1. ZFC proves that $\{x\mid \varphi(x)\}$ is a finite set.
  2. In any transitive model of \ZFC\ and others, this set is empty.
  3. If $M$ is a countable model of ZFC in which $\varphi$ defines the set $y$ and $z\in M$ is any finite set in $M$ with $y\subseteq z$, then there is a top-extension of $M$ to a model $N$ in which $\varphi$ defines exactly $z$.

By taking the union of the set defined by $\varphi$, an arbitrary set can be achieved; so the finite-set result as stated in the main theorem implies the arbitrary set case as in the main question. One can also easily deduce a version of the theorem to give a universal countable set or a universal set of some other size (for example, just take the union of the countable elements of the universal set). One can equivalently formulate the main theorem in terms of finite sequences, rather than sets, so that the sequence is extended as desired in the top-extension. The sets $y$ and $z$ in statement (3) may be nonstandard finite, if $M$ if $\omega$-nonstandard.

We use this theorem to establish the fundamental validities of top-extensional set-theoretic potentialism. Specifically, in the potentialist system consisting of the countable models of ZFC, with each accessing its top extensions, the modal validities with respect to substitution instances in the language of set theory, with parameters, are exactly the assertions of S4. When only sentences are considered, the validities are between S4 and S5, with both endpoints realized.

In particular, we prove that if ZFC is consistent, then there is a model $M$ of ZFC with the top-extensional maximality principle: any sentence $\sigma$ in the language of set theory which is true in some top extension $M^+$ and all further top extensions of $M^+$, is already true in $M$.

This principle is true is any model of set theory with a maximal $\Sigma_2$ theory, but it is never true when $\sigma$ is allowed to have natural-number parameters, and in particular, it is never true in any $\omega$-standard model of set theory.

Click through to the arXiv for more, the full article in pdf.

  • J. D. Hamkins and W. Woodin, “The universal finite set,” ArXiv e-prints, pp. 1-16, 2017. (manuscript under review)  
    @ARTICLE{HamkinsWoodin:The-universal-finite-set,
    author = {Joel David Hamkins and W.~Hugh Woodin},
    title = {The universal finite set},
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    pages = {1--16},
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    note = {manuscript under review},
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    }

A universal finite set, CUNY Logic Workshop, November 2017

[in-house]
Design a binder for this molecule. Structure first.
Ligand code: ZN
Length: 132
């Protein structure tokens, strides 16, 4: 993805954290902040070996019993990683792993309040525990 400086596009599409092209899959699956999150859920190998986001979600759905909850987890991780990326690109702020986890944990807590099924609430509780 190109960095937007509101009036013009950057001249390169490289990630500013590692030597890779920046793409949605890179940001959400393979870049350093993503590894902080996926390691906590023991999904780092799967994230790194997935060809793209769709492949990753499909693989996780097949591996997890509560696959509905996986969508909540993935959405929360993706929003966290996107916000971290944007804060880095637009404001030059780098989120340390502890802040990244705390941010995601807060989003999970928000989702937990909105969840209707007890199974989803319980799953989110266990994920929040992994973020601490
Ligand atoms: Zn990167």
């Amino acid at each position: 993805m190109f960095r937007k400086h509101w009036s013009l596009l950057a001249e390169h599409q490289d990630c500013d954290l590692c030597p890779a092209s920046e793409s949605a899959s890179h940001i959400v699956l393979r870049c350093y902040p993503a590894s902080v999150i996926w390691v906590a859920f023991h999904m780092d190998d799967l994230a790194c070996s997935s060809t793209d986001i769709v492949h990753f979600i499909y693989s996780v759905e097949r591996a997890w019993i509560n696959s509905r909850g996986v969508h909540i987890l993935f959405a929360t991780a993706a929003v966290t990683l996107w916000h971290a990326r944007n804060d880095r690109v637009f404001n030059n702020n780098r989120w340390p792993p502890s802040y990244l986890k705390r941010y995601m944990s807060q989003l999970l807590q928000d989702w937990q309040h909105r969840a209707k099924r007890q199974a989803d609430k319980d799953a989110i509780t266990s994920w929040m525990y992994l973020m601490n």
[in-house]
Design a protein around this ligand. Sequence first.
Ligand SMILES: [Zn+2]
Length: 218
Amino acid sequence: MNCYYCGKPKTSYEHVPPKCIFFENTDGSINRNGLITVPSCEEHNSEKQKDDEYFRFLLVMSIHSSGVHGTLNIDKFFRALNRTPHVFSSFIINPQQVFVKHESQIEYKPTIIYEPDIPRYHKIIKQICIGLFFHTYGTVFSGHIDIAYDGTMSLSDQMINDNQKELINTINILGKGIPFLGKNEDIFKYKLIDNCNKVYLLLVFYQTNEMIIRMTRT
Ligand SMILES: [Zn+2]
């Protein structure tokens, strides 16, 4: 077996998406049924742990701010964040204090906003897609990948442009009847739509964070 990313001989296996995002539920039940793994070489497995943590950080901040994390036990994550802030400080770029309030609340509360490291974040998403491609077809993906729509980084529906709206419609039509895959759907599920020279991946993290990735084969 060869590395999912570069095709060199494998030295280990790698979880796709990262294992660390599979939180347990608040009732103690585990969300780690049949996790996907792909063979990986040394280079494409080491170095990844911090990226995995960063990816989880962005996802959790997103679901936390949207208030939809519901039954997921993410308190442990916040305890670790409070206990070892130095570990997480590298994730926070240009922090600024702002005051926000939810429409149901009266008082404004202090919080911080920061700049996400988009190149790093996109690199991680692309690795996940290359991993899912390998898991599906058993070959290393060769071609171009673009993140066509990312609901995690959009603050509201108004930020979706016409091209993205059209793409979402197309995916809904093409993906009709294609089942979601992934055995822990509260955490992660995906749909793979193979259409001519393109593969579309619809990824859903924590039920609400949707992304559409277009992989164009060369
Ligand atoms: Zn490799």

This will be a talk for the CUNY Logic Workshop, November 17, 2017, 2pm GC Room 6417. 

Abstract. I shall define a certain finite set in set theory $$\{x\mid\varphi(x)\}$$ and prove that it exhibits a universal extension property: it can be any desired particular finite set in the right set-theoretic universe and it can become successively any desired larger finite set in top-extensions of that universe. Specifically, ZFC proves the set is finite; the definition $\varphi$ has complexity $\Sigma_2$ and therefore any instance of it $\varphi(x)$ is locally verifiable inside any sufficient $V_\theta$; the set is empty in any transitive model and others; and if $\varphi$ defines the set $y$ in some countable model $M$ of ZFC and $y\subset z$ for some finite set $z$ in $M$, then there is a top-extension of $M$ to a model $N$ in which $\varphi$ defines the new set $z$. In particular, although there are models of set theory with maximal $\Sigma_2$ theories, nevertheless no model of set theory realizes a maximal $\Sigma_2$ theory with its natural-number parameters. Using the universal finite set, it follows that the validities of top-extensional set-theoretic potentialism, the modal principles valid in the Kripke model of all countable models of set theory, each accessing its top-extensions, are precisely the assertions of S4. Furthermore, if ZFC is consistent, then there are models of ZFC realizing the top-extensional maximality principle.

This is joint work with W. Hugh Woodin.

Arithmetic potentialism and the universal algorithm, CUNY Logic Workshop, September 2017

This will be a talk for the CUNY Logic Workshop at the CUNY Graduate Center, September 8, 2017, 2-3:30, room GC 6417.

Empire_State_Building_New_York_March_2015

Abstract. Consider the collection of all the models of arithmetic under the end-extension relation, which forms a potentialist system for arithmetic, a collection of possible arithmetic worlds or universe fragments, with a corresponding potentialist modal semantics. What are the modal validities? I shall prove that every model of arithmetic validates exactly S4 with respect to assertions in the language of arithmetic allowing parameters, but if one considers sentences only (no parameters), then some models can validate up to S5, thereby fulfilling the arithmetic maximality principle, which asserts for a model $M$ that whenever an arithmetic sentence is true in some end-extension of $M$ and all subsequent end-extensions, then it is already true in $M$. (We also consider other accessibility relations, such as arbitrary extensions or $\Sigma_n$-elementary extensions or end-extensions.)